Top 10 Bitss Papers Today in Social And Behavioral Sciences


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#1. Examining the Reproducibility of Meta-Analyses in Psychology: A Preliminary Report
Daniel Lakens, Elizabeth Page-Gould, Marcel A.L.M. van Assen, Bobbie Spellman, Felix Schönbrodt, Fred Hasselman, Katherine S. Corker, James A. Grange, Amanda Sharples, Corinne Cavender
Meta-analyses are an important tool to evaluate the literature. It is essential that meta-analyses can easily be reproduced to allow researchers to evaluate the impact of subjective choices on meta-analytic effect sizes, but also to update meta-analyses as new data comes in, or as novel statistical techniques (for example to correct for publication bias) are developed. Research in medicine has revealed meta-analyses often cannot be reproduced. In this project, we examined the reproducibility of meta-analyses in psychology by reproducing twenty published meta-analyses. Reproducing published meta-analyses was surprisingly difficult. 96% of meta-analyses published in 2013-2014 did not adhere to reporting guidelines. A third of these meta-analyses did not contain a table specifying all individual effect sizes. Five of the 20 randomly selected meta-analyses we attempted to reproduce could not be reproduced at all due to lack of access to raw data, no details about the effect sizes extracted from each study, or a lack of information...
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Authors: 10
Total Words: 6763
Unqiue Words: 1972

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#2. Will knowledge about more efficient study designs increase the willingness to pre-register?
Daniel Lakens
Pre-registration is a straightforward way to make science more transparant, and control Type 1 error rates. Pre-registration is often presented as beneficial for science in general, but rarely as a practice that leads to immediate individual benefits for researchers. One benefit of pre-registered studies is that they allow for non-conventional research designs that are more efficient than conventional designs. For example, by performing one-tailed tests and sequential analyses researchers can perform well-powered studies much more efficiently. Here, I examine whether such non-conventional but more efficient designs are considered appropriate by editors under the pre-condition that the analysis plans are pre-registered, and if so, whether researchers are more willing to pre-register their analysis plan to take advantage of the efficiency benefits of non-conventional designs. Study 1 shows the large majority of editors judged one-tailed tests and sequential analyses to be appropriate in psychology, but only when such analyses...
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lakens: @Liikennepsykol1 @dcjohnsonphd See https://t.co/ErzcIE3myi
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Authors: 1
Total Words: 6583
Unqiue Words: 1919

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#3. Transparency, Reproducibility, and the Credibility of Economics Research
Garret Christensen, Edward Miguel, Jennifer Sturdy
There is growing interest in enhancing research transparency and reproducibility in economics and other scientific fields. We survey existing work on these topics within economics, and discuss the evidence suggesting that publication bias, inability to replicate, and specification searching remain widespread in the discipline. We next discuss recent progress in this area, including through improved research design, study registration and pre-analysis plans, disclosure standards, and open sharing of data and materials, drawing on experiences in both economics and other social sciences. We discuss areas where consensus is emerging on new practices, as well as approaches that remain controversial, and speculate about the most effective ways to make economics research more credible in the future.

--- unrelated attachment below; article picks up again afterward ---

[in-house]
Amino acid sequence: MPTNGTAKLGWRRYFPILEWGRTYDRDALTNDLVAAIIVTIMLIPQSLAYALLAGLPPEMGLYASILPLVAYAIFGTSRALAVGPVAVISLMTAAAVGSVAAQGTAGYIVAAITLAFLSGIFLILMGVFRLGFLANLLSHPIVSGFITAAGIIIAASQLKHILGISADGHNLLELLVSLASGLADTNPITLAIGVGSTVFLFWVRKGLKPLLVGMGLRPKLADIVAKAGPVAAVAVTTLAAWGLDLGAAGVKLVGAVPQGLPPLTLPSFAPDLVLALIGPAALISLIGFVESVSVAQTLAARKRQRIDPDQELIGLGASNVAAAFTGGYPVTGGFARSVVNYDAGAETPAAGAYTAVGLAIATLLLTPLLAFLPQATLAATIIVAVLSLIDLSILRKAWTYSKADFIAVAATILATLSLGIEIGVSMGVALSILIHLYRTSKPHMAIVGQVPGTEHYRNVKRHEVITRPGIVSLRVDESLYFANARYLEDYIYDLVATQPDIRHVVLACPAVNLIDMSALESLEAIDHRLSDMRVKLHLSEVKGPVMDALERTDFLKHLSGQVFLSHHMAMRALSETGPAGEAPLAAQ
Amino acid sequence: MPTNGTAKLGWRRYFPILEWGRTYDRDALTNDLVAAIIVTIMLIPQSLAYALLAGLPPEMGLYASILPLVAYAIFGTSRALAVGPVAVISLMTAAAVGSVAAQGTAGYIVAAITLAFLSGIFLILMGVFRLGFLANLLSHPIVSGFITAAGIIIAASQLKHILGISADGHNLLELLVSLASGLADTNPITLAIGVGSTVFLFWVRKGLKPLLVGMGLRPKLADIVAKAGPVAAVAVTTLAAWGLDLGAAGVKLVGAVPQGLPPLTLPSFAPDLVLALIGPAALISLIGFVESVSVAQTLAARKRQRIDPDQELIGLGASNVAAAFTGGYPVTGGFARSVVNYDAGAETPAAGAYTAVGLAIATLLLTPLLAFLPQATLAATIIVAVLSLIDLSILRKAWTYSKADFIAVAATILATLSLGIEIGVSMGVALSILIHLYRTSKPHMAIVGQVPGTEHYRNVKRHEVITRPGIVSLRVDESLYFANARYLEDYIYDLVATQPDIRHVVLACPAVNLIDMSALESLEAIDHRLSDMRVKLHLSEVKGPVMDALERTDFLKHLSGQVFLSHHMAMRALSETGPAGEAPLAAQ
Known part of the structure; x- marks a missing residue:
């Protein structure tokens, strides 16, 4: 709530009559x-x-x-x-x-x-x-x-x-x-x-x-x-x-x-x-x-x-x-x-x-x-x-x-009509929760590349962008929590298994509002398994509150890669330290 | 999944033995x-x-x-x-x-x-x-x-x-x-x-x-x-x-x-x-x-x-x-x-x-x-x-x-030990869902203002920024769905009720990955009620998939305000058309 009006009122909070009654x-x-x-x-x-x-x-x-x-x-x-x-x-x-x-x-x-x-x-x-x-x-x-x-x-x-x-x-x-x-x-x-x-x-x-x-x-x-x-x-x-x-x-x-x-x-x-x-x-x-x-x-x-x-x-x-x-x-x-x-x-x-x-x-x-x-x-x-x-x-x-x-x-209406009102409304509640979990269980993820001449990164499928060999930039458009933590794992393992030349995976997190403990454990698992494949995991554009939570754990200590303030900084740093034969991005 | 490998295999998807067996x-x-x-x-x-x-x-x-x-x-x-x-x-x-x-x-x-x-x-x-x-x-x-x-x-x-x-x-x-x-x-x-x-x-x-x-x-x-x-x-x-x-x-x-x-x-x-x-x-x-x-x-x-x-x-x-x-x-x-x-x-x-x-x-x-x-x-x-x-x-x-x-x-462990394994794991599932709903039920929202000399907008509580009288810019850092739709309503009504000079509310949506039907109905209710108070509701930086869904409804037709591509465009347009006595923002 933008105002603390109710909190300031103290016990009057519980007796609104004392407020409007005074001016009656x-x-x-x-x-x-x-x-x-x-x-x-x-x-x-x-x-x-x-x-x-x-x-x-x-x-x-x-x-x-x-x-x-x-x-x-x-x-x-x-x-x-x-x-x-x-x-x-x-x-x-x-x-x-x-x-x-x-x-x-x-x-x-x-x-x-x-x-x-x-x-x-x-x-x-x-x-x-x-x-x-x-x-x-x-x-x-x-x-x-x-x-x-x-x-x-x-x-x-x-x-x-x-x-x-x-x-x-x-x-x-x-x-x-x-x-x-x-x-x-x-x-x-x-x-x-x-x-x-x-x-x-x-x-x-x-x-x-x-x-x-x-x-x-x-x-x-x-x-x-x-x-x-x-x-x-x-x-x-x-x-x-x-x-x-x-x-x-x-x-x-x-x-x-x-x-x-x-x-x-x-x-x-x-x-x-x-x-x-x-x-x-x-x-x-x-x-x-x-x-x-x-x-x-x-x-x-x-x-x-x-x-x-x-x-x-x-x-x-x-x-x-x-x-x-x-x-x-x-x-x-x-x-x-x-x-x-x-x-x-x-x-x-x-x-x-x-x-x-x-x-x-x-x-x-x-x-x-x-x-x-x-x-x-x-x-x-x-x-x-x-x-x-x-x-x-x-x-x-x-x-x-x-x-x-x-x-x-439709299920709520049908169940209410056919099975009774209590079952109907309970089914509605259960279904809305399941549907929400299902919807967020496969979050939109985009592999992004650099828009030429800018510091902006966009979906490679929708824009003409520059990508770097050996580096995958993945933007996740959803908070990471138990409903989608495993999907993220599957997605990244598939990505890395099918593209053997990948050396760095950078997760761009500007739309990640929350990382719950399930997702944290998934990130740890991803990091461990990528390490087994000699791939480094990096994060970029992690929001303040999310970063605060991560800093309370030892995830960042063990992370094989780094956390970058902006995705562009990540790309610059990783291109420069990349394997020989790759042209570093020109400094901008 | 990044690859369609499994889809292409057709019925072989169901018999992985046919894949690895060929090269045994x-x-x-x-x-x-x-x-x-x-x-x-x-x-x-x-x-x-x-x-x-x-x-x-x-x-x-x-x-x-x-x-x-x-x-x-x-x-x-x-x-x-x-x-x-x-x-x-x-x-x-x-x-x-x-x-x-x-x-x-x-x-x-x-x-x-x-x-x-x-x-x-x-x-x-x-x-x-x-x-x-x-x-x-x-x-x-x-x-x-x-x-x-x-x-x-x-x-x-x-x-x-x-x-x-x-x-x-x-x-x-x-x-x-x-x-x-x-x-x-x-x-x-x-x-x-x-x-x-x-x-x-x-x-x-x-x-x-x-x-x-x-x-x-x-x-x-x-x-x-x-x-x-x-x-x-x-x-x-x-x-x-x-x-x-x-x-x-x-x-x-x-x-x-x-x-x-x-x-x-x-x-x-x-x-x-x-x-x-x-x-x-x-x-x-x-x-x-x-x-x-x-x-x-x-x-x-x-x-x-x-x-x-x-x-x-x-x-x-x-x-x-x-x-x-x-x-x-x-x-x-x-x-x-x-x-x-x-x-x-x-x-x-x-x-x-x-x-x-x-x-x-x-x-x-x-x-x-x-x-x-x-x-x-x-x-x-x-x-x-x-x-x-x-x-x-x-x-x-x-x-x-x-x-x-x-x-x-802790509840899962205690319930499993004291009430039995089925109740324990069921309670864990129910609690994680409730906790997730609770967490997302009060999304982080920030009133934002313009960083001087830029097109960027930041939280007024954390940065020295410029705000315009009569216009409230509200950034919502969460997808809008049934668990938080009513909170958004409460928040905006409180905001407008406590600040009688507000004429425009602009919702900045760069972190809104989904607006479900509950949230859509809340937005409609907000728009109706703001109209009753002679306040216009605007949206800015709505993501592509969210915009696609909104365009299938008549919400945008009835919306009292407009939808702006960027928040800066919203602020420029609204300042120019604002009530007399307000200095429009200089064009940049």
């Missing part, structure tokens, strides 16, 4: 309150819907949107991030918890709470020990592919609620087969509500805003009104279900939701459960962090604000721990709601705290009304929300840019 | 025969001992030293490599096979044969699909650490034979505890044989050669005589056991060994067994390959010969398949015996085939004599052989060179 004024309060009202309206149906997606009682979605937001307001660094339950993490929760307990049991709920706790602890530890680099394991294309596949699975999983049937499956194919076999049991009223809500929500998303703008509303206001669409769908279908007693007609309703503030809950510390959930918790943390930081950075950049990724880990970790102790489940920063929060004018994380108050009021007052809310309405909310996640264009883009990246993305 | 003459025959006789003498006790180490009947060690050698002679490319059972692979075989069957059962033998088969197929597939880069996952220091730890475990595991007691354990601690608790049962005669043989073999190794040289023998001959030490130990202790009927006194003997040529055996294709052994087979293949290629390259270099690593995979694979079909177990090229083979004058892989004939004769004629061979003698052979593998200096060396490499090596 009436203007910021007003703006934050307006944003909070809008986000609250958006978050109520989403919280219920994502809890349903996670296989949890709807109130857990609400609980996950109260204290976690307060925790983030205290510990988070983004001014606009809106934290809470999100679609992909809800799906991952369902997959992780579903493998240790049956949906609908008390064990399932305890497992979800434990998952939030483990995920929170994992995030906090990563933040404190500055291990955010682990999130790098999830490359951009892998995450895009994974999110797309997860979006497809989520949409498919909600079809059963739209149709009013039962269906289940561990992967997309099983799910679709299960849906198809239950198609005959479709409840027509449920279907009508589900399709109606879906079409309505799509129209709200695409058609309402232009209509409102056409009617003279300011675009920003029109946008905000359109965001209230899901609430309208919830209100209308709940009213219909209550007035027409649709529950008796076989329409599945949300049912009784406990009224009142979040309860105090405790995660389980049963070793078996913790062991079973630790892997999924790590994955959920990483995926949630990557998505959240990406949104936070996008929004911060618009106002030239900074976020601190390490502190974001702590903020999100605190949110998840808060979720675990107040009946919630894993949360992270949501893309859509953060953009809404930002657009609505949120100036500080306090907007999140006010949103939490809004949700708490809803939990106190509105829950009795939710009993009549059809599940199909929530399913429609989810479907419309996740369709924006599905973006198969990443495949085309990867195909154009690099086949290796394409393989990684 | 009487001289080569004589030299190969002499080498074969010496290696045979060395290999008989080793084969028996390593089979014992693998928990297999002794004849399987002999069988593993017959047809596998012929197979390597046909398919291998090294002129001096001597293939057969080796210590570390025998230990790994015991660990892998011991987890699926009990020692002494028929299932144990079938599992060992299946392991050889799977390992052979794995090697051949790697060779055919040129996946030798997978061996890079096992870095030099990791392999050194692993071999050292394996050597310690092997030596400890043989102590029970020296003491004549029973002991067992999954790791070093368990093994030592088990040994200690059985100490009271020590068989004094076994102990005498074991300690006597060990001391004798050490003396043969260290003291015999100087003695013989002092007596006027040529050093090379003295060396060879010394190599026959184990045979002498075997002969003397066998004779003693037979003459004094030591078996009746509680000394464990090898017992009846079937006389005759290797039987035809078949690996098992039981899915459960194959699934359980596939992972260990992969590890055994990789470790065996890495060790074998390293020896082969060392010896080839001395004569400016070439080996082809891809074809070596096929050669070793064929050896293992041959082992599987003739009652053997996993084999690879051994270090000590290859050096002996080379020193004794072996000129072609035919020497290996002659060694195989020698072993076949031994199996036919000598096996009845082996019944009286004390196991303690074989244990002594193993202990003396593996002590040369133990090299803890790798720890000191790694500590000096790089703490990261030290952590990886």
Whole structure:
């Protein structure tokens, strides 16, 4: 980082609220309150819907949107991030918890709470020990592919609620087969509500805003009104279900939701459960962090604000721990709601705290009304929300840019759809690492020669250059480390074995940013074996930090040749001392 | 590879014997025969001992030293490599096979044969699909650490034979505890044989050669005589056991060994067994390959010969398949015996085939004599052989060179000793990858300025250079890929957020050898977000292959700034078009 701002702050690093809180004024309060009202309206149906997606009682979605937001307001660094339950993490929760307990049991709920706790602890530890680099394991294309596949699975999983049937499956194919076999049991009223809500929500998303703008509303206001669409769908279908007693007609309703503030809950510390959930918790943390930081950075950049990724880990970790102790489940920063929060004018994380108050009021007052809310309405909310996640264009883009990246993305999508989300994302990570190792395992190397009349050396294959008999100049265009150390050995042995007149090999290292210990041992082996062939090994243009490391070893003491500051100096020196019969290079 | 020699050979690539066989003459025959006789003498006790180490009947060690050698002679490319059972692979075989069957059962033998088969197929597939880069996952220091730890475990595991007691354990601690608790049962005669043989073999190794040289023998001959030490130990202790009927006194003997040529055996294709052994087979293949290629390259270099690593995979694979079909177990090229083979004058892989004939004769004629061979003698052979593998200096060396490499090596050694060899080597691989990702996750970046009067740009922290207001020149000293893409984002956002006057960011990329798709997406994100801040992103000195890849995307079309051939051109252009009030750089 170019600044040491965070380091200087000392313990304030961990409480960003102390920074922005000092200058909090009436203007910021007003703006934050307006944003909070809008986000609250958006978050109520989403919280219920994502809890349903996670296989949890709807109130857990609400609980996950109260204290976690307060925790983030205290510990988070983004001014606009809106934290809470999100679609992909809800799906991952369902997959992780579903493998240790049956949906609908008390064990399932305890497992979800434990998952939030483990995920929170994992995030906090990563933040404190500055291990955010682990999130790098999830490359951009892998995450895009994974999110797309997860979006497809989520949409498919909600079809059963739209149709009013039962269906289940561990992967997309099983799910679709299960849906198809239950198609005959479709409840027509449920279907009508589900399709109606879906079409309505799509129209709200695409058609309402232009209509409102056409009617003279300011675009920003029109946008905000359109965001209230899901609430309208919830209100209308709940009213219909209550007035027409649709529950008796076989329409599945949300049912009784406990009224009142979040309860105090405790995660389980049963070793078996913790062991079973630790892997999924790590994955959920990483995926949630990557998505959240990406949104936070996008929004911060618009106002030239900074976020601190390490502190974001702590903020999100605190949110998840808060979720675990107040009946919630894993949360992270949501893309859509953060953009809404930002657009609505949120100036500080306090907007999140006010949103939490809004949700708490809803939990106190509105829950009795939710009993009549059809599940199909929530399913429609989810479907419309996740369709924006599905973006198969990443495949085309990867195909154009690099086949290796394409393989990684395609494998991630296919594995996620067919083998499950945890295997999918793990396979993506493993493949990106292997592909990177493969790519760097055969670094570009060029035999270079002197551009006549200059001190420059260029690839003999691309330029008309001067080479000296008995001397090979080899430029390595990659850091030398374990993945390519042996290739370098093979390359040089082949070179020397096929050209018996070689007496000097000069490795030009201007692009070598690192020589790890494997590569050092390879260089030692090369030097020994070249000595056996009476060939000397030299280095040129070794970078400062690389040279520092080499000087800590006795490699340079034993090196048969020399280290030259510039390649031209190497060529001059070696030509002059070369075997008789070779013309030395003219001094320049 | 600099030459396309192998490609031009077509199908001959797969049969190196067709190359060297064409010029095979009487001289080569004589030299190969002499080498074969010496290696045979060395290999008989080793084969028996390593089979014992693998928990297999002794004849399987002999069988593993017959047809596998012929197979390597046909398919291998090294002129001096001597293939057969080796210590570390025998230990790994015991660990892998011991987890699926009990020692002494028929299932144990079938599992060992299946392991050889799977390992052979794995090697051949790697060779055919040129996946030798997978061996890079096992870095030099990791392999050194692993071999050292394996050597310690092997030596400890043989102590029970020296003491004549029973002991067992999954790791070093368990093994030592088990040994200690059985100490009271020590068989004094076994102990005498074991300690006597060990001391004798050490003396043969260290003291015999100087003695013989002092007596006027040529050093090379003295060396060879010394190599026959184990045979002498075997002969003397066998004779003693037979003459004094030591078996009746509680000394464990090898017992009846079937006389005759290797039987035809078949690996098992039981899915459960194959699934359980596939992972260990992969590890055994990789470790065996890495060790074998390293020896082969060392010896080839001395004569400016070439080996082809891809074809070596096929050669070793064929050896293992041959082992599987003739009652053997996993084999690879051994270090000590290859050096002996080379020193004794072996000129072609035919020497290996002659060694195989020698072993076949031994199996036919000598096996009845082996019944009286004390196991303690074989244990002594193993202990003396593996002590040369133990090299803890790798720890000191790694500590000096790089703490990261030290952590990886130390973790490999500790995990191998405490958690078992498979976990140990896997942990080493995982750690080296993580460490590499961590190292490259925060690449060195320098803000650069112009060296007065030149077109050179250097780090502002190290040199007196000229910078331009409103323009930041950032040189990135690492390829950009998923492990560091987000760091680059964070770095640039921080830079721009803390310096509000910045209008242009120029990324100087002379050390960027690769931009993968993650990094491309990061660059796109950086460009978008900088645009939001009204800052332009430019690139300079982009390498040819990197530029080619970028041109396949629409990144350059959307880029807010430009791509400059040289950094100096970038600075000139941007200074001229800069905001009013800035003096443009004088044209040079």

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Authors: 3
Total Words: 34499
Unqiue Words: 8760

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#4. Data availability, reusability, and analytic reproducibility: Evaluating the impact of a mandatory open data policy at the journal Cognition
Tom E Hardwicke, Maya Mathur, Kyle MacDonald, Gustav Nilsonne, George Christopher Banks, Mallory C. Kidwell, Alicia Hofelich Mohr, Elizabeth Clayton, Erica J. Yoon, Michael Henry Tessler
Access to data is a critical feature of an efficient, progressive, and ultimately self-correcting scientific ecosystem. But the extent to which in-principle benefits of data sharing are realized in practice is unclear. Crucially, it is largely unknown whether published findings can be reproduced by repeating reported analyses upon shared data (“analytic reproducibility”). To investigate, we conducted an observational evaluation of a mandatory open data policy introduced at the journal Cognition. Interrupted time-series analyses indicated a substantial post-policy increase in data available statements (104/417, 25% pre-policy to 136/174, 78% post-policy), although not all data appeared reusable (23/104, 22% pre-policy to 85/136, 62%, post-policy). For 35 of the articles determined to have reusable data, we attempted to reproduce 1324 target values. Ultimately, 64 values could not be reproduced within a 10% margin of error. For 22 articles all target values were reproduced, but 11 of these required author assistance. For 13 articles...
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sharoz: @dingding_peng This one looked at reproducibility in Cognition - https://t.co/RrAHHd4tN5
sharoz: @davidmanheim @JoshuaDWallach @METRICStanford Other fields are doing better: 1. https://t.co/DOqKOadFdV 2. https://t.co/RrAHHd4tN5 https://t.co/BXqakgLb6m
pegleraj: Data availability, reusability, and analytic reproducibility: Evaluating the impact of a mandatory open data policy at the journal Cognition. https://t.co/2EMeiPl7Ze. Very interesting meta-research, thanks @Tom_Hardwicke and team!
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Authors: 10
Total Words: 20760
Unqiue Words: 5776

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#5. How Often Should We Believe Positive Results? Assessing the Credibility of Research Findings in Development Economics
Aidan Coville, Eva Vivalt
Under-powered studies combined with low prior beliefs about intervention effects increase the chances that a positive result is overstated. We collect prior beliefs about intervention impacts from 125 experts to estimate the false positive and false negative report probabilities (FPRP and FNRP) as well as Type S (sign) and Type M (magnitude) errors for studies in development economics. We find that the large majority of studies in our sample are generally credible. We discuss how more systematic collection and use of prior expectations could help improve the literature.